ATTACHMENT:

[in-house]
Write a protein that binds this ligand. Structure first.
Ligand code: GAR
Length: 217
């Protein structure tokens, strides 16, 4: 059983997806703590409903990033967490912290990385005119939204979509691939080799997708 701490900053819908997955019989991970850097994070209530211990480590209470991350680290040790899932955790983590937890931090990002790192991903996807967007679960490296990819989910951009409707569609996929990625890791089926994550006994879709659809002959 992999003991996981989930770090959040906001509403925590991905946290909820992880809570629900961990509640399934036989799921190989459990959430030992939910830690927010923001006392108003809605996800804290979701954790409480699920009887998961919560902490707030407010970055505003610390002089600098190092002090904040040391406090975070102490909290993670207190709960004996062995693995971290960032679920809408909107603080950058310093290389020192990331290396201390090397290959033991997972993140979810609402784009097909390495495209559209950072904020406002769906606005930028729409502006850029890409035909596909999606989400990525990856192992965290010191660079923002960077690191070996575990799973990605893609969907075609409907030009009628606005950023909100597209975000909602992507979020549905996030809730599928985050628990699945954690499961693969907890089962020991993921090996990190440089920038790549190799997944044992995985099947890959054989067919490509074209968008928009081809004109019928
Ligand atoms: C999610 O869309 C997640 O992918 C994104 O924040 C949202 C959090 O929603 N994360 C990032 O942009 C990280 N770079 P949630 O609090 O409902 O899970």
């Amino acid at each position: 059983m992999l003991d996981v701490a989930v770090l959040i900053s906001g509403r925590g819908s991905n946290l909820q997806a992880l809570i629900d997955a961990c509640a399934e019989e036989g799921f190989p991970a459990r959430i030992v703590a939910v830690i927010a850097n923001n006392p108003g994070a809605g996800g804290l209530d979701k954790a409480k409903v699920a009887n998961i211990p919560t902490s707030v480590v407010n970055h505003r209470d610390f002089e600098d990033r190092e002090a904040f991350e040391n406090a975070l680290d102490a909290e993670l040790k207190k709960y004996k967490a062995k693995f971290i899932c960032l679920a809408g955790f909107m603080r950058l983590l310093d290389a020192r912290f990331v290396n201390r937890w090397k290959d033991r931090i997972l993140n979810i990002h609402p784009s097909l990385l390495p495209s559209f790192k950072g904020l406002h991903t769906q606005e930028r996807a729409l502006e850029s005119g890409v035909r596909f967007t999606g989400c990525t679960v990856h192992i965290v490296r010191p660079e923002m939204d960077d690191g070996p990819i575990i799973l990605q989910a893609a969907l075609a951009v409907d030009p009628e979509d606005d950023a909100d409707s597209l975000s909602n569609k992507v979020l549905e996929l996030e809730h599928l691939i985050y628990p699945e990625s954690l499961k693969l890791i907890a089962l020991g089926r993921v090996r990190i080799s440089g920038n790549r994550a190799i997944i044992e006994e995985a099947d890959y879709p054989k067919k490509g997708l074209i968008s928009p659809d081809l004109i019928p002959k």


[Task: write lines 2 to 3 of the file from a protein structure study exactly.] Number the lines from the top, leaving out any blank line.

Write a protein that binds this ligand. Structure first.
Ligand code: GAR